Anything with “solid hardened steel” in its title description earns this gearhead’s notice. One size should fit most couplers and, unlike others here, there is a cover for the keyhole to keep out debris and other nonsense that can scupper the lock’s use.

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It is of the same design as your author’s Reese unit, which is to say it deploys a twin ratchet system that passes vertically through two parts of the lock. The body of the thing is painted an appropriate black, while the ratchet loop portion that swings over top of the coupling is chrome color. This means it’ll likely wear off some of the hitch’s paint over time. Keep a spray bomb handy.

Pros: Cheap insurance, stealthy appearance

Cons: Certainly not the cheapest one here

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5. AMPLOCK Boat Trailer, Trailer and RV Coupler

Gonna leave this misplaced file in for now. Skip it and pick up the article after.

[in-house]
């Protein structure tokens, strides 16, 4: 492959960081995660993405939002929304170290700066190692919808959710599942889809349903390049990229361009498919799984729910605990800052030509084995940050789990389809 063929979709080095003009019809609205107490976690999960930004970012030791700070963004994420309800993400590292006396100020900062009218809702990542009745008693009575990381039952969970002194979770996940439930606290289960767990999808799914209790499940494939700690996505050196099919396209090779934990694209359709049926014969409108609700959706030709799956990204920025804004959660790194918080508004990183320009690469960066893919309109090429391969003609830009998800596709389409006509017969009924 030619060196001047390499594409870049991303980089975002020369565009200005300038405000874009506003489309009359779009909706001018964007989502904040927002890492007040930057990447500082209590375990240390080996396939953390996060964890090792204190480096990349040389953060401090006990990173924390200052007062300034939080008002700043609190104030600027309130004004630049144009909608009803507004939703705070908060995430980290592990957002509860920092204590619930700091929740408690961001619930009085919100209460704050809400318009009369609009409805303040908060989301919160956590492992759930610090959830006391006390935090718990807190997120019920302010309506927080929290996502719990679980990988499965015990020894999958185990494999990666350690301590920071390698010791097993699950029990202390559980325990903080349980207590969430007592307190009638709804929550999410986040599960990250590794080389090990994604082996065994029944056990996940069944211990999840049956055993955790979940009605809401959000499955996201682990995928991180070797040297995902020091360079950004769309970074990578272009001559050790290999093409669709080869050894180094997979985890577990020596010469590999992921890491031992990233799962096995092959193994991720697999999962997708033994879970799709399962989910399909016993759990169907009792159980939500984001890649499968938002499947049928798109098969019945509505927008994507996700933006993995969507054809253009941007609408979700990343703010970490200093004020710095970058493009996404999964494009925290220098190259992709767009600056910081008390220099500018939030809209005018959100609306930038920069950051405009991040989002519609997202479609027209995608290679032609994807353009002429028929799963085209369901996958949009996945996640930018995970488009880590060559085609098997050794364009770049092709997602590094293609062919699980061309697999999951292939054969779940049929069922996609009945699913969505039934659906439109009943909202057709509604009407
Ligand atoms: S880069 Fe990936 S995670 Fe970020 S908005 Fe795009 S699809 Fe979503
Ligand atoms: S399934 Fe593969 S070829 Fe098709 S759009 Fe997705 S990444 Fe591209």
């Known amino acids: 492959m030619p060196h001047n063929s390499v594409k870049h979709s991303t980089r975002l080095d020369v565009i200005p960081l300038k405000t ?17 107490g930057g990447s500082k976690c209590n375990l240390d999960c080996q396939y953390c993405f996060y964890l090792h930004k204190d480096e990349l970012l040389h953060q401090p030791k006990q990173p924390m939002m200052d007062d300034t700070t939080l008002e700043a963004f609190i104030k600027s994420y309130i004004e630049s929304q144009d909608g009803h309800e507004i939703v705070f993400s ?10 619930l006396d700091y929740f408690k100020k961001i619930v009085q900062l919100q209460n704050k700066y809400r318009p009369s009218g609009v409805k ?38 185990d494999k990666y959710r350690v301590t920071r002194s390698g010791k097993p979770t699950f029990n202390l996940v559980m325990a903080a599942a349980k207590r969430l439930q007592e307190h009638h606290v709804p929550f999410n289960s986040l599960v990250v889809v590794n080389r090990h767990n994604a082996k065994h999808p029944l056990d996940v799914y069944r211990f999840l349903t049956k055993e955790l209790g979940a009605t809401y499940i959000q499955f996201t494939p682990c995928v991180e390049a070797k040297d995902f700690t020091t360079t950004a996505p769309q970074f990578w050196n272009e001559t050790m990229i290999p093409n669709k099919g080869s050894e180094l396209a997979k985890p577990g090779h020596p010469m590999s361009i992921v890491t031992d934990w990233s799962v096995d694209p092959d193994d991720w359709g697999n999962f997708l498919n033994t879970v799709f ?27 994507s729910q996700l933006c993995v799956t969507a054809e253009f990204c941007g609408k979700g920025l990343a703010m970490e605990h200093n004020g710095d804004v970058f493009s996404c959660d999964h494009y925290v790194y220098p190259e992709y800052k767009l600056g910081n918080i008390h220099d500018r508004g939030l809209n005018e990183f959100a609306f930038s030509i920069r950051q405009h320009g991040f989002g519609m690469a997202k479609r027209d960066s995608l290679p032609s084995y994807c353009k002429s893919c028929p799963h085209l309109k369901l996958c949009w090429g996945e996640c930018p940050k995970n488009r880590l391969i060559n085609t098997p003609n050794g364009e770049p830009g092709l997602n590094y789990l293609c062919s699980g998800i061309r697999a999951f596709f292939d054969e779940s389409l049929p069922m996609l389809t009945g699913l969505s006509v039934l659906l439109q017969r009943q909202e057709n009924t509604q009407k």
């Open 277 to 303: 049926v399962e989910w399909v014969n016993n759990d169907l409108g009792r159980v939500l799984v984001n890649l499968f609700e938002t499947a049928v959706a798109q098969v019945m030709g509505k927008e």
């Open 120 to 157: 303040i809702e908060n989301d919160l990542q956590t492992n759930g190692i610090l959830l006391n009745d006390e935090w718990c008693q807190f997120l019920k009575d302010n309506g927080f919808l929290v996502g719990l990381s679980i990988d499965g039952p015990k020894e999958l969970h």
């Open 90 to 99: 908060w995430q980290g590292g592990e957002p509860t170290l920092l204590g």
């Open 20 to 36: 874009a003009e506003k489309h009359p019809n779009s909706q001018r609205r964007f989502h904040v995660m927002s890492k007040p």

amplock u-brp2 coupler lock

This 10-pound monster is costly but reviews seem to indicate that it may be worth the cash. Unlike others in this list of the best trailer locks, it wraps around the hitch ball, leaving the top of it exposed but certainly not enough on which to place a hitch and drive away with the trailer. Its seller alleges the lock is ‘molded to fit’ and, to a degree, they have a point.

How? Well, most other locks are able to fit a variety of ball sizes. This one is good for a 2-inch only, meaning its snugs itself against the coupler with no slack. That’s a common knock against some other locks which can be loose even when secured a tightly as possible. That slack gives thieves an opportunity. It would appear that is not the case with this AmpLock. It also means you’ll need to order the specific size for your trailer.